The Ashburton Guardian. Magna est Veritas, et Prevalebit. WEDNESDAY, MAY 24, 1882. A Political “Jim Crow.”
TOWN EDITION. [lssued at 4.40 •>. m, j
Of course no one acquainted with the idiosyncrasies of Mr Joseph Ivess will be surprised to find him fully prepared to alter his opinions on any conceivable subject if self-interest may suggest to him that it is wise so to do—intact, although to-day he may hold very decided opinions on a matter of vital interest to the community, tomorrow he can “ change ’em,” if he finds that his previously expressed convictions are not in consonance with the views of a majority of those whose good opinion he at the time may wish to gain ; in short, if the star of ultraRadicalism is a bright and shining one, then is Mr Joseph Ivess a Radical of the first water. But if he finds that his extreme views are not palatable to a law-abiding and order-loving people, he will at once “ turn about, and whee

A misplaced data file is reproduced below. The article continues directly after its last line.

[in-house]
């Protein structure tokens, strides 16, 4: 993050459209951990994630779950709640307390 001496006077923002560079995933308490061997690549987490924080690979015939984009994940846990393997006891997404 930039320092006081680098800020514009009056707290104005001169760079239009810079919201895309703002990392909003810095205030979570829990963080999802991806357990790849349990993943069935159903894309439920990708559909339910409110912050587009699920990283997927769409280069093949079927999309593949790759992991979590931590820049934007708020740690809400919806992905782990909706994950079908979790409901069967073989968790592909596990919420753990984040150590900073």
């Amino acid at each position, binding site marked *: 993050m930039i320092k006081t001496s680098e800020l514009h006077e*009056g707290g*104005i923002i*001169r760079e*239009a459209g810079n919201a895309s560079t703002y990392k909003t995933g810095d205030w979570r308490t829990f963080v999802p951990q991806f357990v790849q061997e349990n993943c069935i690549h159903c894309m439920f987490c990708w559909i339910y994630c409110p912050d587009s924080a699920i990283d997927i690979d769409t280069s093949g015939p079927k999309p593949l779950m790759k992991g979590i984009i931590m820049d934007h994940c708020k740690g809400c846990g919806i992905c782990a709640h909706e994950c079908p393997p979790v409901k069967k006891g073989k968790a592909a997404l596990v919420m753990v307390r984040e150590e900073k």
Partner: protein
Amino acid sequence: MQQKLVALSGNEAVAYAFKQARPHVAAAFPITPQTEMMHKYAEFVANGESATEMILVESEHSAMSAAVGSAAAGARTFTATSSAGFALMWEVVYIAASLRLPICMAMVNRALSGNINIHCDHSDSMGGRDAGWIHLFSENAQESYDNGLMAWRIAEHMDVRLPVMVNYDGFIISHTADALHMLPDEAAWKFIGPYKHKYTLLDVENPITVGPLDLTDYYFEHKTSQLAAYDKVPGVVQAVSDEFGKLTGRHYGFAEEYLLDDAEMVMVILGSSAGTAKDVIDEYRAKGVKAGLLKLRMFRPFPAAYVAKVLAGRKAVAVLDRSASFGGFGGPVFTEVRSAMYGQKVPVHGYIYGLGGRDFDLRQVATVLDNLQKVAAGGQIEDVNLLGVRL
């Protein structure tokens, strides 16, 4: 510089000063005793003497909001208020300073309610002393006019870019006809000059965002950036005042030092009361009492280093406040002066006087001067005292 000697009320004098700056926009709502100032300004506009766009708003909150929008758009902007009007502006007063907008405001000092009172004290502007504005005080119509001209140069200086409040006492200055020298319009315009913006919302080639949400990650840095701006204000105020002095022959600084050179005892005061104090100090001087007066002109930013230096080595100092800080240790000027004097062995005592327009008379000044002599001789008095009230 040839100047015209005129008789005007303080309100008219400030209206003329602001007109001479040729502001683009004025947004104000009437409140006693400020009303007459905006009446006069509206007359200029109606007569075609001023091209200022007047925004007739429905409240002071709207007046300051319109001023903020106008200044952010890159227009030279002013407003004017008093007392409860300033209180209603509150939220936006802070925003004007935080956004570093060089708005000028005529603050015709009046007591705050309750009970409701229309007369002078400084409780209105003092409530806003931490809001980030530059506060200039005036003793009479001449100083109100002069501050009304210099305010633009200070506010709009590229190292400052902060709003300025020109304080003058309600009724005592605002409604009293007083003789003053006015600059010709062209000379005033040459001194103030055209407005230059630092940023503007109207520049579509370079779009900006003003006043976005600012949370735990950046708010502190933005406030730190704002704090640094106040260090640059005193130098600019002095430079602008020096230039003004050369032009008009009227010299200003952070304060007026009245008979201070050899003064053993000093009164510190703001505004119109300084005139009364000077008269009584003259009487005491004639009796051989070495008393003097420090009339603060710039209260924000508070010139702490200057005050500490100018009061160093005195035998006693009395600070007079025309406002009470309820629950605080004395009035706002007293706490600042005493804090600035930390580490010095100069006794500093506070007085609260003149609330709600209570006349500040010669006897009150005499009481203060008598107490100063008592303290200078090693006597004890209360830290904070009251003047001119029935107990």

about, and jump Jim Crow,” and swallow his glibly spoken words with as much sang fioid as will the mounte- 1 bank swallow the sword or the red hot coal. After reading Mr Ivess’ speeches during the last contest for Wakanui, and also his attempt at oratory on Monday night, we think he is not only prepared to eat his own words, but that he would, if he could gain a few voles by it at this critical juncture, submit his maternal grandmother to the process of deglutition. As an instance o( the elasticity of this gentleman’s opinions we have only to refer to his speech at the Town Hall on the occasion of his former electioneering campaign. Then he came forward as what is known as a “ bursting-up ” advocate. On that occasion he took Mr Sealey’s pamphlet as his text-book, and would have wished to see a progressive land tax on ail estates above 500 acres ; in fact, on that occasion he was, as we have said, an advocate of that particular system of robbery which its advocates delight to call “ a burst-ing-up tax.” But in the interregnum between October 28, 1881, and May 22, 1882, this wily amateur statesman has discovered that his communistic doctrines are not shared in by others than a small minority of the electors of Wakanui, and now he is no advocate of bursting-up; not he ! Never thought of such a thing. All he would have now is a tax on “ uncultivated arable land.” We are quite sure we need not point out to our readers the difference between the two proposals. But to come to another question— a small one, perhaps, but we hold that a man who cannot be trusted in small things is entirely unworthy of confidence--on which Mr Ivess has altered his opinion without the slightest apparent reason. We allude to the matter of the Library site. No doubt our readers will remember that Mr Ivess, some five weeks back, was appointed one of a deputation from the Borough Council to wait upon the Library Committee with regard to the much-talked-of situation of the Library building. The deputation duly met the Library Committee, and at that meeting Mr Ivess said—- “ He thought that a better site could he obtained than the reserve behind Baring square west, which was, in. fact, little better than the old one.” On Wednesday night last, at the joint conference of members of the Fire Brigade and Borough Council, the same gentleman moved the following resolution ;—“ That the Borough Council be requested to grant reserve No. 212, part R.S. 776, being the site originally asked for by the Library Committee, which the Conference considers is equally as suitable for a Library site as the one at present occupied by the Fire Brigade, it being quite as central.” “Reserve No. 21 , part RS. 776,” is the site which Mr Ivess told us only four weeks ago, was “little better” than the old Library site in Tancred street. It is bard to say what caused Mr Ivess to veer round in this seemingly unaccountable manner, unless, indeed the fact of some few members of the Fire Brigade—which body was supposed to be opposed to the use of a part of their section as a Library site—or their freinds having votes for the electorate which this political weathercock seeks to represent has anything to do with it. But, be that as it may, we think these two instances are quite sufficient to prove Mr Ivess’ untrustworthiness in public matters, and we look to the electors of Wakanui to endorse that opinion on the day which is to decide between himself and his opponent for their suffrages.